A view backstage at Beverley Minster

The varied use of sacred spaces

Beverley Minster virger Neil Pickford teeters on the edge of profundity.
It would appear that, to some people, certain areas in a church are more sacred than others.
This thought was prompted t’ other day when I looked at a vacant space in the Minster and saw that someone had carefully put railings around it. This empty area was where our altar is normally to be found but, at that moment, said item of furniture was some sixty feet away in the north transept. To a total stranger there would have been no obvious reason for the space it normally occupied to be protected in this way while the rest of the crossing was open to all.
For those of you would don’t know I should perhaps explain that the altar is where we prepare and serve communion. Around are various rails where communicants stand or kneel, and the space between them and the altar is often called the ‘sanctuary’ where several rituals take place. This area is frequently closed off and regarded as, in some way, different to the rest of the church.
 However, the Minster is rather unusual in that our communion rails and altar are completely removable. Yes, our main altar is on wheels and is fairly mobile – albeit in the same way that Anne Widdicombe was fairly mobile in ‘Britain’s Got  X Factors’ or whatever it was.
It has to be – this space is directly underneath our equally mobile roof boss which gives access to the Minster workshops some 20 metres overhead. Whenever we are raising or lowering a special delivery to or from the workshops we shift this altar as we don’t want a massive load of lead smashing through it.
This mobility also means we can (and do) shift it (and the surrounding rails) for a host of other reasons as well: there are various formal processions throughout the church year, especially Remembrance Sunday, when it would be right in the way. Some big concerts also need the space, several Christmas services use staging to accommodate all their musicians and this staging often extends over that same spot. Social events: the summer ball, commemorative meals and the various Youth Cafes all benefit if the central area is uninterrupted and so it is shifted for these as well.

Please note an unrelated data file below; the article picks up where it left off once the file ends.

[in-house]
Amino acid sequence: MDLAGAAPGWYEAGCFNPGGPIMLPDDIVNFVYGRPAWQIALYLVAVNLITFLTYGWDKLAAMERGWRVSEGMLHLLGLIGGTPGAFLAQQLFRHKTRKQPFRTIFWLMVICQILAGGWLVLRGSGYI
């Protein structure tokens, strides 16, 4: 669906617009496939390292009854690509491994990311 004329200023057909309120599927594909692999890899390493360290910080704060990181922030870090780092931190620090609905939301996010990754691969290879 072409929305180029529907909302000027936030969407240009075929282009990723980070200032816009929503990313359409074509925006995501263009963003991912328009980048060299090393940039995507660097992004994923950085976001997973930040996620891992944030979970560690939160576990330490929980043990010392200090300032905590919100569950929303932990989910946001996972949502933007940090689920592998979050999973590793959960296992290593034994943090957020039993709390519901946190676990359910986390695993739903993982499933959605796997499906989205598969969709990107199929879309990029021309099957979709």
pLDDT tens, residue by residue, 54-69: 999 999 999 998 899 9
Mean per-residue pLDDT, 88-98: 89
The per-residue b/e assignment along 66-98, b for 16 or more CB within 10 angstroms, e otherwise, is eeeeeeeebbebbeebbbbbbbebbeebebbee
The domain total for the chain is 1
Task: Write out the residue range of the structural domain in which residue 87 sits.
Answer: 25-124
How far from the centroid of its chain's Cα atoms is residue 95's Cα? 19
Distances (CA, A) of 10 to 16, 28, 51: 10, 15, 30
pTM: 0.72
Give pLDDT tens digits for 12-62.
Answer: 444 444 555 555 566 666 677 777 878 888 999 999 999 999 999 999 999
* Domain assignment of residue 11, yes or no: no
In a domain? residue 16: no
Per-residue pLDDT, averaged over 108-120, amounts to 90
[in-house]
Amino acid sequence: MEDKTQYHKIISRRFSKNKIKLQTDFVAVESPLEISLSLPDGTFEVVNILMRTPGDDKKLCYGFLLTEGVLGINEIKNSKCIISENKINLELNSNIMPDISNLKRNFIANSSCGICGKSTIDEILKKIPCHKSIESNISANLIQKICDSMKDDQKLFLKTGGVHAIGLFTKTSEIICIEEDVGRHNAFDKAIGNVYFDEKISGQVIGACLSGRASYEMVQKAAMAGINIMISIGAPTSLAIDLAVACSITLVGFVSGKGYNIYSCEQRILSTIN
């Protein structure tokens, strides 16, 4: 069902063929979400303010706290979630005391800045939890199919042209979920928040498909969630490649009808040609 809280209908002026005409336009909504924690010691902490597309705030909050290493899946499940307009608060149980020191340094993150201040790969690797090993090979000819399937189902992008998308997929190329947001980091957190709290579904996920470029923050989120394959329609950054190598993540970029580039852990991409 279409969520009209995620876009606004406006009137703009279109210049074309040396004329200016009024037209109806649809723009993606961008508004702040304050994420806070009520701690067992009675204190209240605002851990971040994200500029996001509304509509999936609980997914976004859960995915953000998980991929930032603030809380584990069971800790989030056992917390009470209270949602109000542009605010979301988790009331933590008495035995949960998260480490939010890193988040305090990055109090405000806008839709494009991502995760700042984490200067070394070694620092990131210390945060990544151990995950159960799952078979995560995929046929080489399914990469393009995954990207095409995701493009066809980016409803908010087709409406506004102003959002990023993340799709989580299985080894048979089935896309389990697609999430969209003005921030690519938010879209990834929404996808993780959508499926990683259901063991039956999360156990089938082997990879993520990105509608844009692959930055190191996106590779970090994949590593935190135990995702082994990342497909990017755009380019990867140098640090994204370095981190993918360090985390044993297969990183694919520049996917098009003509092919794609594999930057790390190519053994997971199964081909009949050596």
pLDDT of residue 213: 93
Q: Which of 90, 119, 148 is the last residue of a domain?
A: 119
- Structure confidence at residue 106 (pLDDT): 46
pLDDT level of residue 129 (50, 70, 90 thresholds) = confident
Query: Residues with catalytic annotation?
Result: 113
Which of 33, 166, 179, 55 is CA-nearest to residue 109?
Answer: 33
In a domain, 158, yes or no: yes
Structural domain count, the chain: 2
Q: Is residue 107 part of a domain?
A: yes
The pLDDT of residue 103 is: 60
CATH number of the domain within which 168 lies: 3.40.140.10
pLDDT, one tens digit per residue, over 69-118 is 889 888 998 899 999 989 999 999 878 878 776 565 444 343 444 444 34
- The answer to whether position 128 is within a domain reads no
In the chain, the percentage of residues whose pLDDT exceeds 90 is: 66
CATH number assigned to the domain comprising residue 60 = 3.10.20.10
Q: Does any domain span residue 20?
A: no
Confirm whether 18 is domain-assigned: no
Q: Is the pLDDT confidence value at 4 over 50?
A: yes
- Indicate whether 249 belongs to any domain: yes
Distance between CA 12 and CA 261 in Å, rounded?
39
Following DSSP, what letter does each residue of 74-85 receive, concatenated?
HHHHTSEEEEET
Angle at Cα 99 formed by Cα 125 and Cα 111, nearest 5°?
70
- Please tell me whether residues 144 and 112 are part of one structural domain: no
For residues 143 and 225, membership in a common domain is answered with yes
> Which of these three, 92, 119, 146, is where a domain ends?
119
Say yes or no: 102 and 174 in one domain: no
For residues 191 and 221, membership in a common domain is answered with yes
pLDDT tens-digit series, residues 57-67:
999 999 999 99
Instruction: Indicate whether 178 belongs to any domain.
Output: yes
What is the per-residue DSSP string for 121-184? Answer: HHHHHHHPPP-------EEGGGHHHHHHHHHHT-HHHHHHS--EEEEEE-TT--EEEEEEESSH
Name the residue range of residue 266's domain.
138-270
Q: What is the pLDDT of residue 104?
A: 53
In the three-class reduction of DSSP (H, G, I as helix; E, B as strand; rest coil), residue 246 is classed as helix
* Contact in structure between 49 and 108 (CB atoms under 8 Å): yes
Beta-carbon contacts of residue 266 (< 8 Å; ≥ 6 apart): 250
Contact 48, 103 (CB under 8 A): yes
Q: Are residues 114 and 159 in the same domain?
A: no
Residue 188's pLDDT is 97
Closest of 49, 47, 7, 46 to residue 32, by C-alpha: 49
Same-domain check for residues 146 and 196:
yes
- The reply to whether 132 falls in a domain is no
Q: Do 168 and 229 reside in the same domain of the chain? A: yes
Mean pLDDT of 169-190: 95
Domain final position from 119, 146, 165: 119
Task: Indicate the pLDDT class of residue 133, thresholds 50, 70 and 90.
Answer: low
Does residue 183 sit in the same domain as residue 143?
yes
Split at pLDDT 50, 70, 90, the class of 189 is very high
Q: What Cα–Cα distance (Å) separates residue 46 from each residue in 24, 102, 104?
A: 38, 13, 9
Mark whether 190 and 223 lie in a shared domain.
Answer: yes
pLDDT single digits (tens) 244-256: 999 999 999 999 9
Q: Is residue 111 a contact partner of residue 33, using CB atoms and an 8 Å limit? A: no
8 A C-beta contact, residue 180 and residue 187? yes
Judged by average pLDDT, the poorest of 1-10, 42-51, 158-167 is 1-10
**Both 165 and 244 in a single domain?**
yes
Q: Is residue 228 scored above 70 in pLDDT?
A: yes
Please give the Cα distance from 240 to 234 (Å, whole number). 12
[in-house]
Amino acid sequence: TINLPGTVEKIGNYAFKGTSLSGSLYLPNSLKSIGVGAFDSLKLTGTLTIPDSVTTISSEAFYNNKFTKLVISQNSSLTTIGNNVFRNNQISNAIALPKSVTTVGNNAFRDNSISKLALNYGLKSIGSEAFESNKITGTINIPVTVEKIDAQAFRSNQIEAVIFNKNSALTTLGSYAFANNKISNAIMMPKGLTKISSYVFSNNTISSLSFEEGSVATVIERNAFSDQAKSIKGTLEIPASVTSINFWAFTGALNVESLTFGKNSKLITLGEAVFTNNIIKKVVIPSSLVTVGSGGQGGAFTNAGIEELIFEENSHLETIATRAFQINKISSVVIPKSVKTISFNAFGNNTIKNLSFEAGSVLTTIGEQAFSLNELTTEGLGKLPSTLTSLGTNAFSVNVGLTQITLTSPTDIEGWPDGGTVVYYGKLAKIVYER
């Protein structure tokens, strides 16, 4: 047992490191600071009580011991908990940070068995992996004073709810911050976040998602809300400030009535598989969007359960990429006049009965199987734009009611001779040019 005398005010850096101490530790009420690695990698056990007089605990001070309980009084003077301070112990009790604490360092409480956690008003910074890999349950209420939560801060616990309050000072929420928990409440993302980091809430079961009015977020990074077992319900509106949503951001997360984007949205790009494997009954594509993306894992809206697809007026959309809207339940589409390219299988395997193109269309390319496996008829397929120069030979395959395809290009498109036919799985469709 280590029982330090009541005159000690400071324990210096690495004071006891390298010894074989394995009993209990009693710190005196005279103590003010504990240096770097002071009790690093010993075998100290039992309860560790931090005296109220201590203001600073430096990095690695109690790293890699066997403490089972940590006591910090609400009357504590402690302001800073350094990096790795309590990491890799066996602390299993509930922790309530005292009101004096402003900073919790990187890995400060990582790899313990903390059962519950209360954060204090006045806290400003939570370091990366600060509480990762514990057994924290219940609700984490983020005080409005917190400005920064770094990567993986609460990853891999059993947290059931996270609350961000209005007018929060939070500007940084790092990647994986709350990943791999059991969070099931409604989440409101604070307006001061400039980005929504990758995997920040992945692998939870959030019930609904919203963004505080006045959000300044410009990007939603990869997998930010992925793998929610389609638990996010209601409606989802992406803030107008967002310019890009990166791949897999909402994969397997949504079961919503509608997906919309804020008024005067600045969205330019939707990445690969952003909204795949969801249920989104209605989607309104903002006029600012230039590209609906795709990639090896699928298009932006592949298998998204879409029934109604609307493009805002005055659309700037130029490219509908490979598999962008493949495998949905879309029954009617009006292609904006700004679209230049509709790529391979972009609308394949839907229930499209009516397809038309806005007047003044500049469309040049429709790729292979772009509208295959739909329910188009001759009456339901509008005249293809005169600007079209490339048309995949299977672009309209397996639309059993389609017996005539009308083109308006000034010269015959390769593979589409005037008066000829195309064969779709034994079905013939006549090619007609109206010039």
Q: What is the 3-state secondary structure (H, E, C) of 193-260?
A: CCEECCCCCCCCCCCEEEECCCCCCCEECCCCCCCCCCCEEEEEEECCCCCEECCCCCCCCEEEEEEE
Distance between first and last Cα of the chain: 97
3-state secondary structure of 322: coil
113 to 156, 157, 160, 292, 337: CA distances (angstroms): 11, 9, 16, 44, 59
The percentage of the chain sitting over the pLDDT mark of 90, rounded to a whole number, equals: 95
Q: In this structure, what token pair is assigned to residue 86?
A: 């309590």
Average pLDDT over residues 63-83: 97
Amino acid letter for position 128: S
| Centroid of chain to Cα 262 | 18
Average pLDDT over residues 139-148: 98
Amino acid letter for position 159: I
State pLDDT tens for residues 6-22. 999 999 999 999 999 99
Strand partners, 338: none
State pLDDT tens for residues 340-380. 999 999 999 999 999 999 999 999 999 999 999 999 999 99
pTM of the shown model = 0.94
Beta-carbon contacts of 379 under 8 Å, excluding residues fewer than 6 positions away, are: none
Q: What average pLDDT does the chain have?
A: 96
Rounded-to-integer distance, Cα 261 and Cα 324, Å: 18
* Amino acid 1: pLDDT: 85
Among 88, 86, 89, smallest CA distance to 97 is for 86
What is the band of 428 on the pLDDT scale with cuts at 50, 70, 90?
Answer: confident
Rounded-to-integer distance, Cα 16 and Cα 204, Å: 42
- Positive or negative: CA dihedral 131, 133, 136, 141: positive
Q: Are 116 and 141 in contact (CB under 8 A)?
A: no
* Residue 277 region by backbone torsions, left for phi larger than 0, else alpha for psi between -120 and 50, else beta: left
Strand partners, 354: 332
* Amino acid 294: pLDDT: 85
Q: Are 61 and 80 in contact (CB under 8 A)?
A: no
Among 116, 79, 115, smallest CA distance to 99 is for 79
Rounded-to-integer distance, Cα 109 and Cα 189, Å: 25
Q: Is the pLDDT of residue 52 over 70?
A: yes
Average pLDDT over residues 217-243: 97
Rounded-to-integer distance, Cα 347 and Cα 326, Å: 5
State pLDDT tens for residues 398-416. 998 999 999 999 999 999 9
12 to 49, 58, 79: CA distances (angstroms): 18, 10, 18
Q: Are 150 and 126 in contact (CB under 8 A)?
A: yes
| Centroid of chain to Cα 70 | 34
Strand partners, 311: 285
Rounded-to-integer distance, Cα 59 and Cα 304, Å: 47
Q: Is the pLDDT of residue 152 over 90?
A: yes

But on this one occasion the movers had felt the need to put the rails back after moving the altar. Why? Was it because they had a vague feeling that the space was still, in some way, different to the rest of the church? It seems hard to believe because they knew that, on that very spot less than 36 hours later, there would be a succession of young teens crashing into each other while pretending to be Sumo wrestlers – which is not an obviously sacred activity. So, was it that, on one day it was quite acceptable to use the space for fun and games, but on the previous day the space was still somehow ‘different‘.
Probably not, but this started me thinking because there ARE spaces in the Minster which different people do seem to regard as being intrinsically more important (or ‘holy’) than others.  I must admit that I share this tendency. I know, however, that my ‘special’ places are not special to everyone else. Conversely what is, to me, a spot of absolutely no significance might, to someone else, be a source of great comfort and a reason for pilgrimage – and I find that quite an interesting insight into human character.
That’s why I’ve decided (with your generous approval of course) to intersperse my rather more lackadaisical musings with occasional pieces looking at places or objects within the Minster that seem to have a greater than ordinary importance to me or others – and trying to work out why, instead of just describing them.
Mind you, I can’t keep up this serious streak for long so you may well find yourselves reading something about rabbits next week. Until then, however, there’s one thing on which everyone can agree – there’s absolutely nothing special about the vicar’s vestry at
First published February 2011


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